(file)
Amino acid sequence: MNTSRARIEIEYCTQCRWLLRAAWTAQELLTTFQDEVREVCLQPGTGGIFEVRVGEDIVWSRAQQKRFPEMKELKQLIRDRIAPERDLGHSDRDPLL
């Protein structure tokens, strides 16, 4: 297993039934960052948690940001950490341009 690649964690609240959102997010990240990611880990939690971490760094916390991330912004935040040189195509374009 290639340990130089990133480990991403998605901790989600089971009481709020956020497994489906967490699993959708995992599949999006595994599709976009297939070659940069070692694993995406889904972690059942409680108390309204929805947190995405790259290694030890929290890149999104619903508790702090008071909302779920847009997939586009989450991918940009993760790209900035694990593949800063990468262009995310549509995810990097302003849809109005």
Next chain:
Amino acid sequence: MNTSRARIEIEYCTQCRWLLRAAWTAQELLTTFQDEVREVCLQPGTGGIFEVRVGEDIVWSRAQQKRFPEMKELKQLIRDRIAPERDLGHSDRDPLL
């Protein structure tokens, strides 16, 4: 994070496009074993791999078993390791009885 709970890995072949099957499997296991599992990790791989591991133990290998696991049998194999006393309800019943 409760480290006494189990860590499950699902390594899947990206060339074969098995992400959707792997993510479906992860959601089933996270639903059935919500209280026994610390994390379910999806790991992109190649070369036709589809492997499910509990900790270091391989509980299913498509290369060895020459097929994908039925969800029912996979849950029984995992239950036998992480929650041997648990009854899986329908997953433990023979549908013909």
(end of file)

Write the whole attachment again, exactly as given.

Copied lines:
Amino acid sequence: MNTSRARIEIEYCTQCRWLLRAAWTAQELLTTFQDEVREVCLQPGTGGIFEVRVGEDIVWSRAQQKRFPEMKELKQLIRDRIAPERDLGHSDRDPLL
């Protein structure tokens, strides 16, 4: 297993039934960052948690940001950490341009 690649964690609240959102997010990240990611880990939690971490760094916390991330912004935040040189195509374009 290639340990130089990133480990991403998605901790989600089971009481709020956020497994489906967490699993959708995992599949999006595994599709976009297939070659940069070692694993995406889904972690059942409680108390309204929805947190995405790259290694030890929290890149999104619903508790702090008071909302779920847009997939586009989450991918940009993760790209900035694990593949800063990468262009995310549509995810990097302003849809109005």
Next chain:
Amino acid sequence: MNTSRARIEIEYCTQCRWLLRAAWTAQELLTTFQDEVREVCLQPGTGGIFEVRVGEDIVWSRAQQKRFPEMKELKQLIRDRIAPERDLGHSDRDPLL
């Protein structure tokens, strides 16, 4: 994070496009074993791999078993390791009885 709970890995072949099957499997296991599992990790791989591991133990290998696991049998194999006393309800019943 409760480290006494189990860590499950699902390594899947990206060339074969098995992400959707792997993510479906992860959601089933996270639903059935919500209280026994610390994390379910999806790991992109190649070369036709589809492997499910509990900790270091391989509980299913498509290369060895020459097929994908039925969800029912996979849950029984995992239950036998992480929650041997648990009854899986329908997953433990023979549908013909």